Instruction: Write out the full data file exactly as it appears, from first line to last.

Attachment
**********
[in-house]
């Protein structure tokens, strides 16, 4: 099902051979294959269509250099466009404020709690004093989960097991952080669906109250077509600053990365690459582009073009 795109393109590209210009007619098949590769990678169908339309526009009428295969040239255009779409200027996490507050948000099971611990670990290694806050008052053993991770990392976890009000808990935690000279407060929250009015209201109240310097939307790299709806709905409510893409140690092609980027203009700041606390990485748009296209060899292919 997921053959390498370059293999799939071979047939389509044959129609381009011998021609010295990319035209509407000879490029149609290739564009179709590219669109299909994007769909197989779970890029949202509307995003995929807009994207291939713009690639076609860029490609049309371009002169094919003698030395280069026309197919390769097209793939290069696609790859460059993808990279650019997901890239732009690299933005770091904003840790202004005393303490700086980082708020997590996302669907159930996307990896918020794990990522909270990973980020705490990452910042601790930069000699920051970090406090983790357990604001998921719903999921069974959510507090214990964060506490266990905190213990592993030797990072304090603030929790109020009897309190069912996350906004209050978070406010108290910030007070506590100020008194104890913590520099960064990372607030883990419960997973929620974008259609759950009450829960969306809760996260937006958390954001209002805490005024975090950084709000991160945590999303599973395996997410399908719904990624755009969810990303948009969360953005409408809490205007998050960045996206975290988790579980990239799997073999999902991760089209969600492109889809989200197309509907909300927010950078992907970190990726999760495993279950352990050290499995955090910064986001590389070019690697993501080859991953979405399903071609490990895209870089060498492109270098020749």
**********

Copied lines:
[in-house]
């Protein structure tokens, strides 16, 4: 099902051979294959269509250099466009404020709690004093989960097991952080669906109250077509600053990365690459582009073009 795109393109590209210009007619098949590769990678169908339309526009009428295969040239255009779409200027996490507050948000099971611990670990290694806050008052053993991770990392976890009000808990935690000279407060929250009015209201109240310097939307790299709806709905409510893409140690092609980027203009700041606390990485748009296209060899292919 997921053959390498370059293999799939071979047939389509044959129609381009011998021609010295990319035209509407000879490029149609290739564009179709590219669109299909994007769909197989779970890029949202509307995003995929807009994207291939713009690639076609860029490609049309371009002169094919003698030395280069026309197919390769097209793939290069696609790859460059993808990279650019997901890239732009690299933005770091904003840790202004005393303490700086980082708020997590996302669907159930996307990896918020794990990522909270990973980020705490990452910042601790930069000699920051970090406090983790357990604001998921719903999921069974959510507090214990964060506490266990905190213990592993030797990072304090603030929790109020009897309190069912996350906004209050978070406010108290910030007070506590100020008194104890913590520099960064990372607030883990419960997973929620974008259609759950009450829960969306809760996260937006958390954001209002805490005024975090950084709000991160945590999303599973395996997410399908719904990624755009969810990303948009969360953005409408809490205007998050960045996206975290988790579980990239799997073999999902991760089209969600492109889809989200197309509907909300927010950078992907970190990726999760495993279950352990050290499995955090910064986001590389070019690697993501080859991953979405399903071609490990895209870089060498492109270098020749």